What Are The Best Apartment Dogs?

If you came to this article expecting a list of the best apartment dogs, I’m here to disappoint you. In fact, I will shamelessly take this opportunity to share my personal opinion about what breed of dog is best for apartment living with you. It’s unlike anything else you’ll easily find on this topic online, but I believe it’s worth a discussion. So, thank you for following along while I share my thoughts on the perfect apartment pet with you.

What breed of dog is best for apartment living?

I think if you’re an experienced, responsible, and dedicated dog owner, you can successfully live in an apartment with most dog breeds. In fact, I think it’s not too far fetched to even say that there are lots of dogs that have a better quality of life in apartments, than some dogs who live in the suburbs or even on acreage.

At the end of the day it comes down to your commitment to your dog, and how much time and effort you’re willing to invest to make it work.

For example, you could live in a really small apartment with your dog, but that doesn’t stop you from:

  • taking your dog on 1-2 walks a day
  • bringing your dog along when you go somewhere dog-friendly
  • providing your dog with enough opportunities for mental stimulation and enrichment
  • participating in dog sports together (think agility, flyball, or nosework)
  • taking your dog to the beach or on hikes
  • hiring a dog walker
  • or taking your dog somewhere for daycare while you’re at work

If you compare this to a dog who lives in a home in the suburbs, with a yard but with no human who makes sure that the dog gets an adequate amount of mental stimulation and physical exercise…. well I dare to say that the apartment dog has a better quality of life.

The question you should really be asking….

I think rather than asking what the best apartment dogs are, it would make more sense to take living spaces out of the equation, and to instead ask if a certain type of dog will be beginner-friendly. For example, you probably don’t want to get a Malinois or a Kelpie if you have no experience with the breed, live in an apartment, and don’t have enough time that can be dedicated to the dog.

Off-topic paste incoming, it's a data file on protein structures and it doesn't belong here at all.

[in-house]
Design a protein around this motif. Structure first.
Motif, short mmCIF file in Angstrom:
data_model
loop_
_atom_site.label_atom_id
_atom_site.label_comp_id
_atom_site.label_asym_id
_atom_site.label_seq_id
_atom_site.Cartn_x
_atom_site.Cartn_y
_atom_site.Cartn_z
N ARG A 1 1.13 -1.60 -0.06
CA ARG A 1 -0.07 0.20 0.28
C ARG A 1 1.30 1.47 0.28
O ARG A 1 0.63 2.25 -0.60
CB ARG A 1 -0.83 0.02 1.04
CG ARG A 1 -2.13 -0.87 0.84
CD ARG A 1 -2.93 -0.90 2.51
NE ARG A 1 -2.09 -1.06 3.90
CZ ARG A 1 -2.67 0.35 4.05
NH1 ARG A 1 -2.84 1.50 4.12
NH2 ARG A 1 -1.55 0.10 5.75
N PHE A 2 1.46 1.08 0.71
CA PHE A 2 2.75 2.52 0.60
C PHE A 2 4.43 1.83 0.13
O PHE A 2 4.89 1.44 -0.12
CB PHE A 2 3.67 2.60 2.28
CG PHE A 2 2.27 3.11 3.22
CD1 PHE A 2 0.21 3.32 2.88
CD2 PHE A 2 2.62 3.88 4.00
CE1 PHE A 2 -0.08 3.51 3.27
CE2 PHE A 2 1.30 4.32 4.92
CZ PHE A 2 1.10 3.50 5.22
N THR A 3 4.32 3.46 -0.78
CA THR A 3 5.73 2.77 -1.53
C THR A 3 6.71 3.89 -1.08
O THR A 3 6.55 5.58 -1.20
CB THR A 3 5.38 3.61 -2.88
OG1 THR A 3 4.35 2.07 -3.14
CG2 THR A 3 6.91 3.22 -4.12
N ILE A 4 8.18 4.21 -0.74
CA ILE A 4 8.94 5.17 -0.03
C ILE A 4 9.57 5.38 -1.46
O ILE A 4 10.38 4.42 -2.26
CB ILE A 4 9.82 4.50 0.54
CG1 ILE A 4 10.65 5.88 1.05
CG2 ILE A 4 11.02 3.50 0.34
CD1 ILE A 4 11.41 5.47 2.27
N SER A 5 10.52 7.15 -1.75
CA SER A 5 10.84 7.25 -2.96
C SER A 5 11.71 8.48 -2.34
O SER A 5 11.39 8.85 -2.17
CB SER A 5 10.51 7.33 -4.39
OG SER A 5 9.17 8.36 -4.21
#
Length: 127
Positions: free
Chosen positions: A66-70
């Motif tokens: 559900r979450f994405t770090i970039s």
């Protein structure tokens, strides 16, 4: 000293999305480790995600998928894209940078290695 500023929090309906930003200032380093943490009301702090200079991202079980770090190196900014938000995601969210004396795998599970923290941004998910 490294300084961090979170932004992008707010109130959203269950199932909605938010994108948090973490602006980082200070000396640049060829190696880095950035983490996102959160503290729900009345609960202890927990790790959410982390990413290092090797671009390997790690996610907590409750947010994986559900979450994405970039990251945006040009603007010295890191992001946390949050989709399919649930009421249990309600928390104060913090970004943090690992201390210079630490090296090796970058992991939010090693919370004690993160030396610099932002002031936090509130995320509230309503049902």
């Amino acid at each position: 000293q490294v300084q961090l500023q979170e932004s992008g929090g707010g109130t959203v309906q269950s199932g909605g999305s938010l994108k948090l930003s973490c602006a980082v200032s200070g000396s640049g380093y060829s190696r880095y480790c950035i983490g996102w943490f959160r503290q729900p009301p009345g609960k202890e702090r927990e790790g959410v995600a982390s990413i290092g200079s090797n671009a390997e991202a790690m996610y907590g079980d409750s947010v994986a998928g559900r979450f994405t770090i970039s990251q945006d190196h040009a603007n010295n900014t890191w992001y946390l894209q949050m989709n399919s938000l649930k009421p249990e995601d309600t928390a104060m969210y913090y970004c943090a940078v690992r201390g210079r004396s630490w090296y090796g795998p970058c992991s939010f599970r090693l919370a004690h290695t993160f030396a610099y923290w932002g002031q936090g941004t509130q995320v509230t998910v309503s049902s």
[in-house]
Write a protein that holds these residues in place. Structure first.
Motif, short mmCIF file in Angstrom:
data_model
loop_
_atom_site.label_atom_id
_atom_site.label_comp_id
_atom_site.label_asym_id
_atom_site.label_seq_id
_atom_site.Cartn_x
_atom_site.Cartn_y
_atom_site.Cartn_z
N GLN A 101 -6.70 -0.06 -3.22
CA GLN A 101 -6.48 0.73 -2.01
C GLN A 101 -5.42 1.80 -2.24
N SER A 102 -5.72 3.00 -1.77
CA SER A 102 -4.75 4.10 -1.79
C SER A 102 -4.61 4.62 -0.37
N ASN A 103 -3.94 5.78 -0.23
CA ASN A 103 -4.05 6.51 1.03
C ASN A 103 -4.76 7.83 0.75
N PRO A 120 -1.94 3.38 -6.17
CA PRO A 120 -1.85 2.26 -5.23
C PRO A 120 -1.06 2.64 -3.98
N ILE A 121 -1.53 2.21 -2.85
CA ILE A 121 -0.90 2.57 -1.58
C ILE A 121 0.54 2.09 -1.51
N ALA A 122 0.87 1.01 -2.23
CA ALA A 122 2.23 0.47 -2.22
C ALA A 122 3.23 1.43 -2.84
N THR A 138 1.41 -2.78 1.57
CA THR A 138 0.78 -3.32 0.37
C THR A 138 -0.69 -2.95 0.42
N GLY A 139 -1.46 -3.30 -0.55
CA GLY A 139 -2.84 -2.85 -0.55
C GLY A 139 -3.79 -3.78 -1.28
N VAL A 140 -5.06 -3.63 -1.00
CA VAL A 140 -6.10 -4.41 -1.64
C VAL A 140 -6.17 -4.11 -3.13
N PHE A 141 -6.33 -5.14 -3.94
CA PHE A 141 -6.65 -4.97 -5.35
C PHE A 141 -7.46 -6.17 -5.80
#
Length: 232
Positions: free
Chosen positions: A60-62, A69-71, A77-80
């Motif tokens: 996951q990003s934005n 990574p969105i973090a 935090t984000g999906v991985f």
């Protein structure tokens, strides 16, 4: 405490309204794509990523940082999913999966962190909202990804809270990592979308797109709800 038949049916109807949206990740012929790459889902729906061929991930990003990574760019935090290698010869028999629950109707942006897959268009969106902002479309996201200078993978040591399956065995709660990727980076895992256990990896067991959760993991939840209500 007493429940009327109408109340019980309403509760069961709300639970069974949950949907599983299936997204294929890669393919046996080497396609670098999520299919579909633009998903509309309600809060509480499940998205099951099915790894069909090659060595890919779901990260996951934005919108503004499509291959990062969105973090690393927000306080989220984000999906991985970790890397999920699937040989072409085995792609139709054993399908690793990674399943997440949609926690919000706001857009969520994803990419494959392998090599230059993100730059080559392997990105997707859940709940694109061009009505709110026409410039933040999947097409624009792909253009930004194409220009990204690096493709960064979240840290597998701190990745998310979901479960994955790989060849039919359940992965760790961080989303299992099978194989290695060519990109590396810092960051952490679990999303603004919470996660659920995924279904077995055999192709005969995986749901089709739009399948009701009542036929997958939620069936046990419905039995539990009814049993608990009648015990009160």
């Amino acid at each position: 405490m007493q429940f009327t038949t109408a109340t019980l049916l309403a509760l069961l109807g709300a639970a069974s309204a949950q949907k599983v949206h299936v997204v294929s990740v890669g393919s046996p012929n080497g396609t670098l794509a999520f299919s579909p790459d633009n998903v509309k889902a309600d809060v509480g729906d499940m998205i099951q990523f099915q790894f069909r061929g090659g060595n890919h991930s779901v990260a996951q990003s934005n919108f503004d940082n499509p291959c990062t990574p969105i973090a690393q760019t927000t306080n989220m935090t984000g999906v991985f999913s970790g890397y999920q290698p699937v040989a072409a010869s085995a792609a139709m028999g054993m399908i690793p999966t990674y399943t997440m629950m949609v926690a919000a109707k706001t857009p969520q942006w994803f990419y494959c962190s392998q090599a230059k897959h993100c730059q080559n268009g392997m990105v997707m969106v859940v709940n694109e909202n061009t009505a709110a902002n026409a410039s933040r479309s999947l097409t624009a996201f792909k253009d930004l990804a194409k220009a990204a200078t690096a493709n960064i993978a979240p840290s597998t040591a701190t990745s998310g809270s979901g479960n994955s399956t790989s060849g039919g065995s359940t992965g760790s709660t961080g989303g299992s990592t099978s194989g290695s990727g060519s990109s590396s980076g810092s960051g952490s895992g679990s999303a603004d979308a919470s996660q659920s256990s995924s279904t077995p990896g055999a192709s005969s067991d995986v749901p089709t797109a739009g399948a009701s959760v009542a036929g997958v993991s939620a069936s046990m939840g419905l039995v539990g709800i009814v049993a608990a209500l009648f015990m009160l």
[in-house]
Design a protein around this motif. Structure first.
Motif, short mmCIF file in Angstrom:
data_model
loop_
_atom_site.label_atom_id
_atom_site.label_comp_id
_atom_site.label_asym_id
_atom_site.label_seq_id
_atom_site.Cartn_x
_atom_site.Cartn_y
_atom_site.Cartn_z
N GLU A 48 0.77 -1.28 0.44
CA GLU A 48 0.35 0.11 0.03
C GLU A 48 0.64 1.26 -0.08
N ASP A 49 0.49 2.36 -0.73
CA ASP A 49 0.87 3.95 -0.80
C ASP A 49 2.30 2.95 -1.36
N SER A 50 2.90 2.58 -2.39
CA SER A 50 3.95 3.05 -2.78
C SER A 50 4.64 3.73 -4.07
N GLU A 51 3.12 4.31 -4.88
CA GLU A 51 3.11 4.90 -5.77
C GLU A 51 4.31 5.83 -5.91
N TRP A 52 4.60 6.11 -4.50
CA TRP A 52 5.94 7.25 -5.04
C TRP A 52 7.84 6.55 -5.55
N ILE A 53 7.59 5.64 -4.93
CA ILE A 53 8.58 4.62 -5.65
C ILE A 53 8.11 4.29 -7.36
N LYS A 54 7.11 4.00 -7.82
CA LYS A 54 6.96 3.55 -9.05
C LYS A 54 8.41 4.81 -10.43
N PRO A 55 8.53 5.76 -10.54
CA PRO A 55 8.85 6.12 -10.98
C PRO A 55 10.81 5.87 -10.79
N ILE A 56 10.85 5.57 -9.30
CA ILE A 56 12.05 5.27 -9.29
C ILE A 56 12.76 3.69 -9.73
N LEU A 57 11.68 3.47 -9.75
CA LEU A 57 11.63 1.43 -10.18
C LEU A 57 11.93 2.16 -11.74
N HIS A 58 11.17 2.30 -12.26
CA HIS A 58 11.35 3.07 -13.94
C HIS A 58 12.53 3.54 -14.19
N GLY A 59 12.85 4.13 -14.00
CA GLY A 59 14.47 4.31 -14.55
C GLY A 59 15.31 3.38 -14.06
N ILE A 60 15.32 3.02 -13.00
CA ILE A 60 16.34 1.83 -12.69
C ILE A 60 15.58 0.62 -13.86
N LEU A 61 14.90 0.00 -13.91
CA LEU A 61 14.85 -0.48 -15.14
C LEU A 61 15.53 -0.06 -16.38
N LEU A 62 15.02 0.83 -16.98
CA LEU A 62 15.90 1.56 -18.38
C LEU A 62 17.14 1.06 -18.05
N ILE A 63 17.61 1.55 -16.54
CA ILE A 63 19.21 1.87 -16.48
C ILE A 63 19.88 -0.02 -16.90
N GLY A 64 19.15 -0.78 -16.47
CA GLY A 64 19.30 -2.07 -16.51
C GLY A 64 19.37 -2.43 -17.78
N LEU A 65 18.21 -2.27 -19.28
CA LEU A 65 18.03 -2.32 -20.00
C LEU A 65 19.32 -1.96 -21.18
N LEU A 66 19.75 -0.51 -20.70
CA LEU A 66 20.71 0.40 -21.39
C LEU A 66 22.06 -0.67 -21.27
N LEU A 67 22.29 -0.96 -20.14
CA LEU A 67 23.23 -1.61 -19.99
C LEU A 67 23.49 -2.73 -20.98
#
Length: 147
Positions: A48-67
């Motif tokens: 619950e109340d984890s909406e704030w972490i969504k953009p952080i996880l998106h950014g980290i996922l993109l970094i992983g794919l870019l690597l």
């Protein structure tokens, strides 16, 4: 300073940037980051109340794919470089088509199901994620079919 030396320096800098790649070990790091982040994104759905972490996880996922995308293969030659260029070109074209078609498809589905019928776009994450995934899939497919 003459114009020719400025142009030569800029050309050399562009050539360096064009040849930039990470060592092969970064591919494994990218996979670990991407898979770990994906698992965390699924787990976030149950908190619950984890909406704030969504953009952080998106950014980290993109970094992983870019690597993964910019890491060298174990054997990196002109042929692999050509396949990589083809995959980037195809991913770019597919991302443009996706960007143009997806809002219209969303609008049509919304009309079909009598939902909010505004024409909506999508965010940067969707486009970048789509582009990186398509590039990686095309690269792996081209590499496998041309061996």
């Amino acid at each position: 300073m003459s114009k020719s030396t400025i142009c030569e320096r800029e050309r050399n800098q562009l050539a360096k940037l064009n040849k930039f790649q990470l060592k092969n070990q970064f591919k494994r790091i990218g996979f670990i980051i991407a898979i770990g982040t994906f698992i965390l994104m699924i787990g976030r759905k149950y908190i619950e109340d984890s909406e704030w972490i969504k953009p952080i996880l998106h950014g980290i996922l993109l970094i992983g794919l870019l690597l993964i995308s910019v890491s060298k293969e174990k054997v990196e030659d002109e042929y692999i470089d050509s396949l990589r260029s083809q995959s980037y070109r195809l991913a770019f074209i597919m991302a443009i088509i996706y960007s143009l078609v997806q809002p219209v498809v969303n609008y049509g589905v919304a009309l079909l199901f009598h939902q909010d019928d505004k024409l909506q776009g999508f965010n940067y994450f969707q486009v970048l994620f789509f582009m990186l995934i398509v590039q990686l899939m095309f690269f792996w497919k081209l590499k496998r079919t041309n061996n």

So, what I would recommend doing, is to grab a notepad, and then write down what breeds you like, what your lifestyle is like, and what you’re hoping to do with your dog.

Next you could try to have a chat with a local dog trainer or vet to ask for their feedback, or you could join a breed-specific subreddit and ask for feedback on your notes. Bringing a new dog into your life is quite the commitment, so it can really help to get feedback and to manage your expectations based on it.

dog relaxing on bed
Image: Katja Rooke on Unsplash

Are smaller breeds more suitable for apartment living?

I wouldn’t say that smaller breeds are more suitable for apartment living. There are lots of small breed dogs that are high energy, and lots of big dogs who are happy to nap all day.

Now, don’t get me wrong, there certainly are genetic factors that will influence the activity level of a dog. But it’s also important to consider that even amongst the same breed, the characteristics of dogs vary. After all, there are lots of failed working dogs out there who aren’t interested in performing the jobs they’ve been bred for, so it’s just not black and white like that.

You can only get a good idea of a dog’s behaviour by either being able to assess the parents of a particular puppy, or by adopting an older rescue dog based on a behaviour assessment to determine suitability to your lifestyle.

Which dog can be left alone the longest?

There’s no particular dog breed that can be left alone the longest. It’s actually really important how you’ll train your new dog when you first bring it home, and there’s a lot you can do to teach a dog to be calm when left alone for long periods of time. This will always depend on the individual dog and your personal circumstances though, so it’s best to seek the advise from a qualified dog trainer on this topic.

That said, there are genetic factors that will influence a dog breeds risk of developing separation problems. As mentioned above, this does not mean that every single dog of that breed will have those problems, but it means that statistically speaking, they’re more likely to develop them.

Dog breeds with a higher risk of developing separation problems include:

  • Shih Tzu
  • Miniature Schnauzer
  • Pug
  • Pomeranian
  • Poodle (Toy and Miniature)
  • Maltese
  • Chihuahua
  • Miniature Pinscher
  • Yorkshire Terrier
  • Dachshund
  • Basset Hound
  • Beagle
  • Cocker Spaniel, and
  • Staffies

Dog breeds with a really low risk of developing separation anxiety include:

  • Portuguese Water Dog
  • Bernese Mountain Dog
  • Rottweiler
  • Golden Retriever, and
  • Boston Terrier
What Are The Best Apartment Dogs? rspb20190716f01
Heritability estimates for 14 behavioural traits. Source: The Royal Society Publishing



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